I recently read the excellent study by Freedom House which measured Internet Freedom in 2007 and 2008 across a sample of 15 countries in 6 regions. The study is available here–(March 2009- Freedom on the Net, A Global Assessment of Internet and Digitial Media)– would highly recommend reading this free report. The methodology they used includes factors such as the country’s telecommunications infrastructure, government policy towards access to technology, regulatory policy for service providers, censorship and content control, legal structure and surveillance practices along with the independence and dynamism of new media in the country. Here’s a graphical depiction of the results (Green implies free, Blue is partly free, and Red is not free) (more…)
Archive for May, 2009
Posted in India, Internet, Public Policy, Technology, tagged Corruption, Corruption Index, Estonia, Freedom House, India, Internet Freedom, Internet Freedom correlation to Corruption, Internet Freedom Index, Transparency International on May 24, 2009| 2 Comments »
One side effect of the success of Slumdog Millionaire has been the new interest around the world in traditional Bollywood films. While Slumdog Millionaire was produced by a British team and it is debatable if it should be called a Bollywood movie, most movie watchers are unaware of that nuance and some have started to inquire about other Bollywood movies. I had a conversation with a colleague of mine at work who had never seen a Bollywood movie and was now expressing interest. I suggested that he watch one of my favorite movies Lagaan as his introduction to Bollywood and brought him the DVD to watch. Knowing that he’s a movie buff and very aware of most mainstream American movies, I used a comparison to the international mega-hit Lord of the Rings- The Fellowship of the Ring to describe the movie. (more…)
Roger Federer just defeated Rafael Nadal 6-4, 6-4, to win the Madrid Open. Perhaps, even more noteworthy was that the victory was on clay where Nadal has historically been at his best. After the instant classic finals at Wimbledon in 2008 and the Australian Open in 2009 where Nadal pulled out dramatic 5 set victories, this should be a real confidence boost to Federer for the upcoming French Open. Who knows- maybe this will propel Federer to new heights in his rivalry against Nadal, which has most recently been a one sided affair. To date, their matchups have had the following head to head results:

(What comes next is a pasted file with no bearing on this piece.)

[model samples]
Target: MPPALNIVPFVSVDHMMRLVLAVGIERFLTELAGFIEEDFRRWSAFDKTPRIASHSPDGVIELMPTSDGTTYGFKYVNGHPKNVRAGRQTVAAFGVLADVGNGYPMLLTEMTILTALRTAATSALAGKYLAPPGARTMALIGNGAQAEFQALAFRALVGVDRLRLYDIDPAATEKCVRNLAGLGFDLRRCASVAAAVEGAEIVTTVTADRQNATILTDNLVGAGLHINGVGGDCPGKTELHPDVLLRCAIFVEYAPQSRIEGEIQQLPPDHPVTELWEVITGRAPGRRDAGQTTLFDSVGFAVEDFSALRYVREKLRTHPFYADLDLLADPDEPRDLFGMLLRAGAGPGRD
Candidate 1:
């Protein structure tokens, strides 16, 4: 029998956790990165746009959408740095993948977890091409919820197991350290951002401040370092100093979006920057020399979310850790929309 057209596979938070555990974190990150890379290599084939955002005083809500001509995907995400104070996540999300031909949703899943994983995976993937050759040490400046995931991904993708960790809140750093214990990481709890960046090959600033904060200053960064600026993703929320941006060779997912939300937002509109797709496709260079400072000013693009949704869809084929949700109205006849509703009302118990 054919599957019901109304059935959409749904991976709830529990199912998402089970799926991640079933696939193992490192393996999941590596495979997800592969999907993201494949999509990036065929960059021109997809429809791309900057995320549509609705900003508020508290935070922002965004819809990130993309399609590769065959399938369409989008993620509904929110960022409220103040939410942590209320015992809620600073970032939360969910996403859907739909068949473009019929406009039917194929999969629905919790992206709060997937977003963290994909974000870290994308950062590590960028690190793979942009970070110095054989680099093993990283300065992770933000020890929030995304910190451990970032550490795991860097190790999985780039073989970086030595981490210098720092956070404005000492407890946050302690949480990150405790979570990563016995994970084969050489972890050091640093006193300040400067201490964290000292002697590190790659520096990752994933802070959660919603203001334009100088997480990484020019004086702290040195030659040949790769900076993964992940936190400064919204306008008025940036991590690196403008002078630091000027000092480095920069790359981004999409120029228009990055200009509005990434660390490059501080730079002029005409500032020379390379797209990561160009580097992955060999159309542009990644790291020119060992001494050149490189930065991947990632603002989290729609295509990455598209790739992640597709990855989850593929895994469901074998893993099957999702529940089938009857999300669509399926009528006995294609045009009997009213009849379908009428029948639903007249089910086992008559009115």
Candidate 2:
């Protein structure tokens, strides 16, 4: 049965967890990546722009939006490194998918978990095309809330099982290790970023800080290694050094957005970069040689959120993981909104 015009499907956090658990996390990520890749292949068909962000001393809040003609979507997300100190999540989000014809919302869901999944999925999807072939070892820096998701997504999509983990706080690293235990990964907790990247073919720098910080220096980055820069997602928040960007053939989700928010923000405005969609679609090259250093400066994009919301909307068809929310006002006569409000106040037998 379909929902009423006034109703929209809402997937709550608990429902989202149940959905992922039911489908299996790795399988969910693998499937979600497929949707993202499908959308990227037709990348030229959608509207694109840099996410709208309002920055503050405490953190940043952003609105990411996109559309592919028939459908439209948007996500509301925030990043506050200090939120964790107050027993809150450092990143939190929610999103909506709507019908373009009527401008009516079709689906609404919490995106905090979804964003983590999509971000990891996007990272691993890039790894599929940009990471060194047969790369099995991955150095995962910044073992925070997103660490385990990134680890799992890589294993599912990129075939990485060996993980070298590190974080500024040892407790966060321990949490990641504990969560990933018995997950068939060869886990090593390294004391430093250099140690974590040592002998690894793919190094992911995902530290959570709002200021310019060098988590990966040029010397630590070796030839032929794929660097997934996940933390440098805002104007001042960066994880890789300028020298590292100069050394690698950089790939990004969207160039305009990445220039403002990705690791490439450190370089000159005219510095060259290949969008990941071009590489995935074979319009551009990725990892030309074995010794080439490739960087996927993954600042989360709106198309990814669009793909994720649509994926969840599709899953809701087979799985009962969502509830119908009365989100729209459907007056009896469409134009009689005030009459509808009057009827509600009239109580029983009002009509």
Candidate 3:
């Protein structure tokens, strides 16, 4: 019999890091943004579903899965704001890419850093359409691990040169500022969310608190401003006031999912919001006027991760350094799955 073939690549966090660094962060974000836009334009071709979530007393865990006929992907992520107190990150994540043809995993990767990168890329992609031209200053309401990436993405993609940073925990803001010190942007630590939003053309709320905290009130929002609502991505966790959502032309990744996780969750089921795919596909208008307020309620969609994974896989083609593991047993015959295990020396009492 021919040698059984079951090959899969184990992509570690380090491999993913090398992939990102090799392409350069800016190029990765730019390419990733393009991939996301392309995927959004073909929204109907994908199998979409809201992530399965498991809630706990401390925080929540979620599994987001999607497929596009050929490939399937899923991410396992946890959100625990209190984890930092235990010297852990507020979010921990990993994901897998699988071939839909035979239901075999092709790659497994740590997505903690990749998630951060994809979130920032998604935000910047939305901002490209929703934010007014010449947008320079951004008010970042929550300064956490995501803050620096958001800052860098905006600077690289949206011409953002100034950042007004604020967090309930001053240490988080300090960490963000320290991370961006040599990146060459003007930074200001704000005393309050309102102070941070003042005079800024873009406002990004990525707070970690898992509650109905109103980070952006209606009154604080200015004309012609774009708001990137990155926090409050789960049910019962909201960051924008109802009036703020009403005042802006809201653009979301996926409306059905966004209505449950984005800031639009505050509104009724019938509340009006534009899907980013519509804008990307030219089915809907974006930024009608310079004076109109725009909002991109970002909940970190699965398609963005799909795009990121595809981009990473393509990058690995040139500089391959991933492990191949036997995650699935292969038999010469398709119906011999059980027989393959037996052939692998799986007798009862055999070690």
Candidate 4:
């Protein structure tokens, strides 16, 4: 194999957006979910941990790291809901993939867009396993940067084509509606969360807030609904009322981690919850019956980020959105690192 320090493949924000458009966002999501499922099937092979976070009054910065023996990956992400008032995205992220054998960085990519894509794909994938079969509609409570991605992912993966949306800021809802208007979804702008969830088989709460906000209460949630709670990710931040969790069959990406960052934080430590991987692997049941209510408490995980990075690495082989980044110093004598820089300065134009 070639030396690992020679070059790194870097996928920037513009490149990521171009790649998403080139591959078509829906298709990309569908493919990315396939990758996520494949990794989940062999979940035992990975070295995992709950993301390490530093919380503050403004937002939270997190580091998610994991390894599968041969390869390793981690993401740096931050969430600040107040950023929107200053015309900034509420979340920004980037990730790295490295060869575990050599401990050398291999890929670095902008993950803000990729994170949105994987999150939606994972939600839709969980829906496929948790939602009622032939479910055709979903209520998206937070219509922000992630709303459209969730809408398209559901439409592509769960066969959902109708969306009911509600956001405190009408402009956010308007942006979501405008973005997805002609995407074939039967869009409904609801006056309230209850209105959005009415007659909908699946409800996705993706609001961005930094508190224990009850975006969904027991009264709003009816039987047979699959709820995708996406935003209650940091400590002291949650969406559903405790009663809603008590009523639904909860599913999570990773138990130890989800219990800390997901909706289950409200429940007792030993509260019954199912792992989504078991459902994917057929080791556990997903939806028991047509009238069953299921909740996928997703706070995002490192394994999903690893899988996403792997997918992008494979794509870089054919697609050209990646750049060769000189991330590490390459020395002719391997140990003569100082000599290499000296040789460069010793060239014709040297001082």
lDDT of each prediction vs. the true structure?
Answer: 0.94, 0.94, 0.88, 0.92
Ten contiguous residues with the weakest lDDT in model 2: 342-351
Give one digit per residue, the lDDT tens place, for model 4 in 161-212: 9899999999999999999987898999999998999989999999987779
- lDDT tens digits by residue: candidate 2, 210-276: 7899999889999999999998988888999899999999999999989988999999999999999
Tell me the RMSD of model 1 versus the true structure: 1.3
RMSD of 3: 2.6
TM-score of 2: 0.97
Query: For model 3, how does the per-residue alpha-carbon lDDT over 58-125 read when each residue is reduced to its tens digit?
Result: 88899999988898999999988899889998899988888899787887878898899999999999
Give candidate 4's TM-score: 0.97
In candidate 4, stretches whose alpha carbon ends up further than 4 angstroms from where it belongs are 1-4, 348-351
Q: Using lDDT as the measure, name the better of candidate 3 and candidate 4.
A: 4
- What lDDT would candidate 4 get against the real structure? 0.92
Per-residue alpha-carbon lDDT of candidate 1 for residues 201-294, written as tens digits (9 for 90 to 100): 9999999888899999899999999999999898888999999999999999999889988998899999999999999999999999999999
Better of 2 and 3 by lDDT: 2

Recently, I’ve visited with family and friends who’ve had to take their children for routine vaccinations, tests for allergies, and other medical procedures. In most cases, these tests or vaccinations are applied with hypodermic needles and syringes. It’s still heart breaking to hear that even infants have to deal with needles for shots, in one instance, I was told of a 4 month old baby that had to have 36 routine shots.
I’ve always wondered, shouldn’t there have been real advances to hypodermic needle technology just like in so many other medical fields? To understand this question better, I looked at the history of the hypodermic needle, comparisons to other medical advances, and recent advances in needle technologies.
Over the last couple of years, I’ve become a regular user of Facebook and have connected and reconnected with friends and current and former colleagues and classmates. However, just in the past 3-4 months, I’ve seen high school classmate activity increase, receiving requests from high school classmates that I haven’t been in touch with since the day I left high school years ago. I’ve also noticed actual high school alumni groups formed in Facebook for many high school classes ranging from the 1970’s to recent graduating classes in 2008.
This made me think that naturally, high school reunion attendance would likely be at possibly all time highs across the US. Recent Facebook demographic data from Ignite Social Media suggests: